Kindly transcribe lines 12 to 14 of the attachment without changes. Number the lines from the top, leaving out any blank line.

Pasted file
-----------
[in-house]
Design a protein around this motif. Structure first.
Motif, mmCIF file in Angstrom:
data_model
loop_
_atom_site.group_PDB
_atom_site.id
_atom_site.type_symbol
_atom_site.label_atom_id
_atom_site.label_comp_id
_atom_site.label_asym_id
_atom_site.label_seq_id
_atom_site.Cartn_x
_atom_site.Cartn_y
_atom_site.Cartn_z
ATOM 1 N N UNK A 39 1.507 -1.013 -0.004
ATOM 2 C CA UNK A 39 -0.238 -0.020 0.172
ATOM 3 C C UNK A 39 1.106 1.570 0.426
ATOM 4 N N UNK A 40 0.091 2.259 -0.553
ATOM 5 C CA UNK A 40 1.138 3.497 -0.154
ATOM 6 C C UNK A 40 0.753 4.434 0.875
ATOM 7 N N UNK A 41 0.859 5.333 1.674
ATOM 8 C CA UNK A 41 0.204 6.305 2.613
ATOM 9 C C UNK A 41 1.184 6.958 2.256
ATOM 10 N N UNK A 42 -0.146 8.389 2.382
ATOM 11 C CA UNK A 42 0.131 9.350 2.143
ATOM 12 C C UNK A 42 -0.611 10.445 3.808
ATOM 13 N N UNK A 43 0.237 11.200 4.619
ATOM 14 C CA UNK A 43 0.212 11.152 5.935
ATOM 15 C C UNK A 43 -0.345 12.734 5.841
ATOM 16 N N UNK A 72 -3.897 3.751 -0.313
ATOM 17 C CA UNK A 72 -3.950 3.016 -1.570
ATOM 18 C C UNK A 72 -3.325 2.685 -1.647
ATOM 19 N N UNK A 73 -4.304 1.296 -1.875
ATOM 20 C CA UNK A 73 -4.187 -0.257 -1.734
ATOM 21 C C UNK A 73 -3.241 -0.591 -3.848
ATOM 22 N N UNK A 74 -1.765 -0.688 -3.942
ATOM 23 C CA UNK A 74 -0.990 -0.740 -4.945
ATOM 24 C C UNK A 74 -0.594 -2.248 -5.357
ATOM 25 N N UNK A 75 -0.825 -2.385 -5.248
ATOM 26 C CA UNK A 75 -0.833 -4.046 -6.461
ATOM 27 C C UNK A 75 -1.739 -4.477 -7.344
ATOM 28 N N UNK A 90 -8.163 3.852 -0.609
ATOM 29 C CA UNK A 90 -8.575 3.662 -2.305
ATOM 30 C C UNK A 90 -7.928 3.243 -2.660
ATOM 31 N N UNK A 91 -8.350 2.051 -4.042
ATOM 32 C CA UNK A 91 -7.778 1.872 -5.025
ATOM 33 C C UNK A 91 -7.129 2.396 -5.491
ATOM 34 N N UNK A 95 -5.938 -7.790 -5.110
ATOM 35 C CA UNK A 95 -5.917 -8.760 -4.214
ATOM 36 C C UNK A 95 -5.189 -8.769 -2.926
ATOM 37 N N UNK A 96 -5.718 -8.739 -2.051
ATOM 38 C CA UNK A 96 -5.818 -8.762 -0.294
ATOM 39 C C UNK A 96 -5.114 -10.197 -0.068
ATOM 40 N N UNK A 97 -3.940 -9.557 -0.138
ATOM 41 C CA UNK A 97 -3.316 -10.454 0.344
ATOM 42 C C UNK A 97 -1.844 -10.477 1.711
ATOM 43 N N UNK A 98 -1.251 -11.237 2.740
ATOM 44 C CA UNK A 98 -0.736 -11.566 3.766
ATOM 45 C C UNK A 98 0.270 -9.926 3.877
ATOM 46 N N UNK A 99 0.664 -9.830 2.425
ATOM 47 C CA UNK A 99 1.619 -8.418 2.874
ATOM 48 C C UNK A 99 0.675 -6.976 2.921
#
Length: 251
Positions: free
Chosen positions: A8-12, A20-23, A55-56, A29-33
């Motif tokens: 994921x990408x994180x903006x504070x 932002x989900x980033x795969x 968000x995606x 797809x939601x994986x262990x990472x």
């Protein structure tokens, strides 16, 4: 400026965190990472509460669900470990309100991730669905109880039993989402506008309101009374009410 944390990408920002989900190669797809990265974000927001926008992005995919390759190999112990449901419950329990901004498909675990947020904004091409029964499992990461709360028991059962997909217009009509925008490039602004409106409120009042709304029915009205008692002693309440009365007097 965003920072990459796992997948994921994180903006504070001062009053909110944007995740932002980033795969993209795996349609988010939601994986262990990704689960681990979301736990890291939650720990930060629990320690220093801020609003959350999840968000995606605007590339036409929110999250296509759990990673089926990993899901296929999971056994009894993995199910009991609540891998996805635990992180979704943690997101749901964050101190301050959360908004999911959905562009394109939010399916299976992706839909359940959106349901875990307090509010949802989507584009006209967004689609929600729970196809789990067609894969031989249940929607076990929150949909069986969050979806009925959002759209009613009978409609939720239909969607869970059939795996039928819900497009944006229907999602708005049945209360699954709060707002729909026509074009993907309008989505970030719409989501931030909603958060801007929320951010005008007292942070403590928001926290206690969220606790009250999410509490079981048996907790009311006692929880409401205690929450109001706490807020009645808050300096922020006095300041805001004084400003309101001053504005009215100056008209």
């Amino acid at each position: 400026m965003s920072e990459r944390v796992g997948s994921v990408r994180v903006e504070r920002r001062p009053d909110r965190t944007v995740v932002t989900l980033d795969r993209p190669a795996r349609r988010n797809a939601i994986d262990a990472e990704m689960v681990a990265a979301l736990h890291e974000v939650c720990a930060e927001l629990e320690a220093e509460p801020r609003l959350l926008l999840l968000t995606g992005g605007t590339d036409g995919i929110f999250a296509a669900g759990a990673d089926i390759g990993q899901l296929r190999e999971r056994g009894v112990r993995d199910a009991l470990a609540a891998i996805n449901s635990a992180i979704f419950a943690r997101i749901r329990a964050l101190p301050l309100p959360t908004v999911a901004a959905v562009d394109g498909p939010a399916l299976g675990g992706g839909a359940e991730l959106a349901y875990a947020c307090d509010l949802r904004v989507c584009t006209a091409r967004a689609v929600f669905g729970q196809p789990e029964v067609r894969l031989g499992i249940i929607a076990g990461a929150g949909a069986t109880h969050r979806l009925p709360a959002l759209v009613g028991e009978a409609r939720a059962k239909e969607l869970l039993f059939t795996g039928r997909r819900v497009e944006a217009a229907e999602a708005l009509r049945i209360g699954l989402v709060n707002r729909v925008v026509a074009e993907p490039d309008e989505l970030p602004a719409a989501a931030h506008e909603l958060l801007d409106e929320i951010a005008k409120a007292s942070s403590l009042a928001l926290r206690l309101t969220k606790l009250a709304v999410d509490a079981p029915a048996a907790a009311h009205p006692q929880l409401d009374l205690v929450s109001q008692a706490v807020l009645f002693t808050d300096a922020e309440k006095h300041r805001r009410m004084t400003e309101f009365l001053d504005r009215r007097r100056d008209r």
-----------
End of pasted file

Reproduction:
_atom_site.label_seq_id
_atom_site.Cartn_x
_atom_site.Cartn_y